Yesterday I buried my mother’s jewels on Northern Glacier. I was Lucky. A few  meters further south and I would have landed on  Starvation Glacier.

She had a dream. Go to the North Pole. It was a part of our life: One day she would go. She died two years ago having preserved her dream. I guess  that’s why she never went.

I never had this dream. It was hers. But I was invited to go to the North Pole. And may be I went a little for her. To take her there.

In my suitcase : a photo, a necklace, a ring.

I chose a portrait of her in the snow. Winter holidays.
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Ship of Fuels

A trip to a glacier edge in small rib boats. At last geology lessons of decades ago make sense. Film and photos can’t begin to capture the scale.

Plenty of talk on responsibility and how (and whether) people manage to justify our own ‘climate tour’. I could do with some help from my colleague Stephen (that’s Stephen Peake: for the non OU readers – Stephen is a climate change policy specialist who used to work with the UN’s policy body the UN FCCC).

Read on and more of Joe’s posts, and his colleagues’ responses, on the Science, Technology and Nature Blog.
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Sermeq Avangnardleq Glacier

The Sermeq Avangnardleq glacier is retreating
Walking near the mouth of Sermeq Avangnardleq Glacier.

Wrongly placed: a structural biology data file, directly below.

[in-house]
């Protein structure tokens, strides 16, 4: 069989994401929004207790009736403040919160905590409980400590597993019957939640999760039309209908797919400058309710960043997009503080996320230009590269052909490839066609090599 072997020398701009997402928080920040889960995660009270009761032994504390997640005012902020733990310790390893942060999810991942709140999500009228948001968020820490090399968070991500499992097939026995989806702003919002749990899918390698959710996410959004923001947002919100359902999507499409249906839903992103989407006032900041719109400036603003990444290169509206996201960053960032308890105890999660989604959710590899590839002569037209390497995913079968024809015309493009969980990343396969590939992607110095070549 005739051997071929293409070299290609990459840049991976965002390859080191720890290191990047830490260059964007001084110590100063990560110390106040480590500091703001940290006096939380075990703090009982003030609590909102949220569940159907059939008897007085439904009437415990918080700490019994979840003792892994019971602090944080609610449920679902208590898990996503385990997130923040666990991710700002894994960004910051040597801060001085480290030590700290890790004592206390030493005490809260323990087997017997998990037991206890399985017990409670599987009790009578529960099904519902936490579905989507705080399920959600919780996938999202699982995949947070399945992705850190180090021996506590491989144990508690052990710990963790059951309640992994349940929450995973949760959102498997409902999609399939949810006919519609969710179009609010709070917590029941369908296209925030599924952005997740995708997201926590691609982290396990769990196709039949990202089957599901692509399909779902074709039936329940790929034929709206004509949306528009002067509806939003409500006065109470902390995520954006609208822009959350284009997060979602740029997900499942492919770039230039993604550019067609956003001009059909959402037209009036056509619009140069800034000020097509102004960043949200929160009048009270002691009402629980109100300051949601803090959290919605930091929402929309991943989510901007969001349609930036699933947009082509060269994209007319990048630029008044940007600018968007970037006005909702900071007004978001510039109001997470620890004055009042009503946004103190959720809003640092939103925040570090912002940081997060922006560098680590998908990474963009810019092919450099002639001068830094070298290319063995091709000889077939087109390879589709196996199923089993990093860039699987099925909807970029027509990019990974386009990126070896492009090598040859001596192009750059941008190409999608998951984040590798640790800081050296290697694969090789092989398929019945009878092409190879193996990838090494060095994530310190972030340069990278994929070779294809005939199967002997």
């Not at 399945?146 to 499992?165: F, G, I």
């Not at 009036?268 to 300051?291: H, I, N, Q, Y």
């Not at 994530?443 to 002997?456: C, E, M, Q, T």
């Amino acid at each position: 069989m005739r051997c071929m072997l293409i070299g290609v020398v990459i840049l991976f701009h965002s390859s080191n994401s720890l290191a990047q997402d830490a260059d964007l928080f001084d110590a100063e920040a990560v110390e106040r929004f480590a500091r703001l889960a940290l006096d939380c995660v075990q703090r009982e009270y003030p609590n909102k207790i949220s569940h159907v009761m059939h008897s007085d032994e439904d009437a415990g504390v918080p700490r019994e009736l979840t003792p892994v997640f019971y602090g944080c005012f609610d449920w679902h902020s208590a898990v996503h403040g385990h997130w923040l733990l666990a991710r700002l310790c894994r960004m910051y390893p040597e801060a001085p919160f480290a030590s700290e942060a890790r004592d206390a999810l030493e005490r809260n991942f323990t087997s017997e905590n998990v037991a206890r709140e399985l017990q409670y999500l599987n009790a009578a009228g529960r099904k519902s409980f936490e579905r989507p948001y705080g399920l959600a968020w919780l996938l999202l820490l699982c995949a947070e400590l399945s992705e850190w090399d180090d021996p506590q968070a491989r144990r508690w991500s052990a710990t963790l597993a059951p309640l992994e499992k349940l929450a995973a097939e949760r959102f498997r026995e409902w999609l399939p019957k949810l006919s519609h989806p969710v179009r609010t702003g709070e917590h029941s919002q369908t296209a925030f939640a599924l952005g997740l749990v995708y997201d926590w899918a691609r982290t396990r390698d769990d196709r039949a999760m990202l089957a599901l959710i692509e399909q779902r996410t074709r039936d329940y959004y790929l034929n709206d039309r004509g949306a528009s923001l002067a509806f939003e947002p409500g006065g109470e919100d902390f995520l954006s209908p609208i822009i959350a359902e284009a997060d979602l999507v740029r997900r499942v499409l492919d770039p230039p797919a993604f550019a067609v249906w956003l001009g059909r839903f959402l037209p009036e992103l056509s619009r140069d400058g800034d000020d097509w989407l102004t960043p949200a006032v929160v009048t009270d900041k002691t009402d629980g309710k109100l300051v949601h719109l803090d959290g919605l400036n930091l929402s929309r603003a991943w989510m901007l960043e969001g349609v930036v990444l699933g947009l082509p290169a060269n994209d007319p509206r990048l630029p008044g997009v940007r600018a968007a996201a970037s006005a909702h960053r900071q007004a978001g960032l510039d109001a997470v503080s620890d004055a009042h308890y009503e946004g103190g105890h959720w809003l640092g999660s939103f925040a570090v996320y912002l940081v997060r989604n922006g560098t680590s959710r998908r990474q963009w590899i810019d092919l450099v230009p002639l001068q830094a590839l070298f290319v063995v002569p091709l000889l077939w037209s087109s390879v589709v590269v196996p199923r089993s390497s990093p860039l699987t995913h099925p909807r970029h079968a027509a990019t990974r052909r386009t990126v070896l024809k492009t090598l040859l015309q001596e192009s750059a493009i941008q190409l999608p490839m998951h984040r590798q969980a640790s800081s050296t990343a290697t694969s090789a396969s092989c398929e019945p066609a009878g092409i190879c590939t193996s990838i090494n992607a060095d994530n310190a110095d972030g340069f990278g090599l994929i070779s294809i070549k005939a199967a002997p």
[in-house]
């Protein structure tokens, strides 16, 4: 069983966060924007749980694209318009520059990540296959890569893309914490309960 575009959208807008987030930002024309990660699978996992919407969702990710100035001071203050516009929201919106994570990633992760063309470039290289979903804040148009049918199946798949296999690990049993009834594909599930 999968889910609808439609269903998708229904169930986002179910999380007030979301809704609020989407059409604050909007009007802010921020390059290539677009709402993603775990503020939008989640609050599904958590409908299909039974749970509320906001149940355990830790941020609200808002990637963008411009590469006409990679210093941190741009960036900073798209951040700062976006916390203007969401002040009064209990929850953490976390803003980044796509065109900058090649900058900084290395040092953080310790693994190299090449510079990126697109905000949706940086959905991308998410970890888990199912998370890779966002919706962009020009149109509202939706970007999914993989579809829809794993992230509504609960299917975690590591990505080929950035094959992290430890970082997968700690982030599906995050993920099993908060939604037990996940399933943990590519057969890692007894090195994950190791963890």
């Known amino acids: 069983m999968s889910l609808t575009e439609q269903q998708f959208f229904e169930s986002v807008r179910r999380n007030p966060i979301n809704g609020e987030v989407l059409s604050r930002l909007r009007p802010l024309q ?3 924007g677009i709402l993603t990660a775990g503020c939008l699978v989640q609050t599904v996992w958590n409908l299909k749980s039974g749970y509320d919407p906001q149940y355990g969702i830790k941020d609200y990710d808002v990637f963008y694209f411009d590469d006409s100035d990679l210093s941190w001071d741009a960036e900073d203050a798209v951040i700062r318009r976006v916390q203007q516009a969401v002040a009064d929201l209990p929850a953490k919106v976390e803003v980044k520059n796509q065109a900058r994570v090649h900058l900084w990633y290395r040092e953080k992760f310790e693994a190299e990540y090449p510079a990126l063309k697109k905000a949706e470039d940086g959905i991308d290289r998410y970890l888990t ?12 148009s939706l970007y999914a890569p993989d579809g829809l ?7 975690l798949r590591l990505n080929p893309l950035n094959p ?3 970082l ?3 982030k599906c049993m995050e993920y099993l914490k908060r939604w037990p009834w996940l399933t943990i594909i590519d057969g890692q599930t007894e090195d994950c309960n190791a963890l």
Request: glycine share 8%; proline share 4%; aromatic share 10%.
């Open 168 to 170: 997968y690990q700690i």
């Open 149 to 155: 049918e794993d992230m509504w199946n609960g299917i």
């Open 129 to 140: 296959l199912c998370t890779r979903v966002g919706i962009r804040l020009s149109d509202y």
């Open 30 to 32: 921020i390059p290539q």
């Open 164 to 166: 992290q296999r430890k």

Sermeq Avangnardleq ice cave is affected by climate change
Ice cave formed near the mouth of Sermeq Avangnardleq Glacier.
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Successful Landing

Perdlerfiup Kangerdlua is a remote fjord at about 710 North and two glaciers discharge into its Y shaped end. The smaller of the two has retreated about 2 kilometres recently leaving a beach with a shallow foreshore. The larger still maintains a 100 metres high 3km wide calving face to the water, beyond which we can see the land based part of the glacier perhaps 500 metes above the fjord. It’s an amazing sight but always at the back of the mind is the possibility that the glacier may calve any second, sending out a very dangerous tsunami. Such an event left 20 people injured on one of the sister ships of the Grigory Mikheev last year and we maintain a respectful distance staying at right angles to the face as far as possible.
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A Search For The Meaning of Life

Today we went ashore and I directed a performance of my 365s: A Search For The Meaning of Life. It was beautiful and energizing to work with so many members of the expedition on a theatre piece. Laurie A was played the part of the “finder” which gave me a special joy.

Read about Suzan-Lori Park’s previous day.